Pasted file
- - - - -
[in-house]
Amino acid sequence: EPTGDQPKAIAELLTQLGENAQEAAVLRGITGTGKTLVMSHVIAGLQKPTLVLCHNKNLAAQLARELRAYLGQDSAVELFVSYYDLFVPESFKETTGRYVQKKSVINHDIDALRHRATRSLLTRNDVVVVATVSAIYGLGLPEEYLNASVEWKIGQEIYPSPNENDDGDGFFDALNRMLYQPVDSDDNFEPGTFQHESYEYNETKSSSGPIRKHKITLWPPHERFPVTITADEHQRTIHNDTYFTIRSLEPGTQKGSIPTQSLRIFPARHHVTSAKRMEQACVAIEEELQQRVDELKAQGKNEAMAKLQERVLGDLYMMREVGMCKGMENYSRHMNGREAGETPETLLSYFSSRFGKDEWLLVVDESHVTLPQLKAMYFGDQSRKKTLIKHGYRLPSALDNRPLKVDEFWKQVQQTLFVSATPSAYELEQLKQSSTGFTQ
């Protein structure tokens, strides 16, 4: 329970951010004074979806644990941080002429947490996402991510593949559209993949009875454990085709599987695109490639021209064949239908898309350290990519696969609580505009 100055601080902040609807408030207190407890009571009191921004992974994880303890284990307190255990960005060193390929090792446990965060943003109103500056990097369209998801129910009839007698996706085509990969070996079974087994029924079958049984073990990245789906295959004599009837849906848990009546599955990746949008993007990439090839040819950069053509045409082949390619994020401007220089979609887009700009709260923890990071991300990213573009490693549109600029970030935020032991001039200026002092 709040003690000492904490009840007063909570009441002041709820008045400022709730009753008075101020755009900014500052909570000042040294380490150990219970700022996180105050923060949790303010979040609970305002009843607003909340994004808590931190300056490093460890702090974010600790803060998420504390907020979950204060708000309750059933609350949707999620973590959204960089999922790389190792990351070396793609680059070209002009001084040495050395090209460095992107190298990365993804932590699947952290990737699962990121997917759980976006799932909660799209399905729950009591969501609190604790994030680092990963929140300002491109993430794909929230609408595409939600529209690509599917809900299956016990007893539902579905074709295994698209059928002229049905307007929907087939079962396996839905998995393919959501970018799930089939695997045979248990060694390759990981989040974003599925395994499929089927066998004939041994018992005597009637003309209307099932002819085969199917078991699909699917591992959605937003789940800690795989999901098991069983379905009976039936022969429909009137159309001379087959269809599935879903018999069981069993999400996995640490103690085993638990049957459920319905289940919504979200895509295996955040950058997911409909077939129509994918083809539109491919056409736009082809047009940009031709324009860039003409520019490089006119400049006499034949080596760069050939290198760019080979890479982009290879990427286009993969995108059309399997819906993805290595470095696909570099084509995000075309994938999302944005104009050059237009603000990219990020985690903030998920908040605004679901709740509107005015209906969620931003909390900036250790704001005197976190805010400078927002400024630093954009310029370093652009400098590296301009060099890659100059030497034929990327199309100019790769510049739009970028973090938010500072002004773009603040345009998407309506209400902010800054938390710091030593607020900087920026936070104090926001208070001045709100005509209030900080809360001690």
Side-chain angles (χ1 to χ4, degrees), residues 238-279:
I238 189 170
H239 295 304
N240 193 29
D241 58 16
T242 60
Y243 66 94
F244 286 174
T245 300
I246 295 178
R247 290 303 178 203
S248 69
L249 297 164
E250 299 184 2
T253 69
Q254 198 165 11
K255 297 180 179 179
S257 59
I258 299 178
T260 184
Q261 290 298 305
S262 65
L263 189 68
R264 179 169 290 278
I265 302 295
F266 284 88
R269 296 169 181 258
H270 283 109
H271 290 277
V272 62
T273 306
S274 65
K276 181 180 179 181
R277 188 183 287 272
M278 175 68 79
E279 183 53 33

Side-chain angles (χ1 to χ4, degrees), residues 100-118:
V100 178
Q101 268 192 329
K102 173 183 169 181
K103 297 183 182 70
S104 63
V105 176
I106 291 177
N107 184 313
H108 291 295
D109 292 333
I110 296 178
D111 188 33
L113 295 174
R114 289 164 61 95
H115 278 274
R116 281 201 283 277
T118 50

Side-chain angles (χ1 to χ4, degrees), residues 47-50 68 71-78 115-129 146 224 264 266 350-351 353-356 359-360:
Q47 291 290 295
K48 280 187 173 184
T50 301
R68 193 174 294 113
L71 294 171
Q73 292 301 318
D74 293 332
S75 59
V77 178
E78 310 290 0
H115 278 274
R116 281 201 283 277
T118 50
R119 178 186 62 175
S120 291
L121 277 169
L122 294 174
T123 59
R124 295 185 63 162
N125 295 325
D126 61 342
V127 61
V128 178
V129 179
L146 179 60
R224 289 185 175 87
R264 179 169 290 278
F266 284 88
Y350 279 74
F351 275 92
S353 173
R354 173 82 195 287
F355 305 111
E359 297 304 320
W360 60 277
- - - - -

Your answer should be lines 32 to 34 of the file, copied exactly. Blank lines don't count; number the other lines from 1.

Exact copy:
H271 290 277
V272 62
T273 306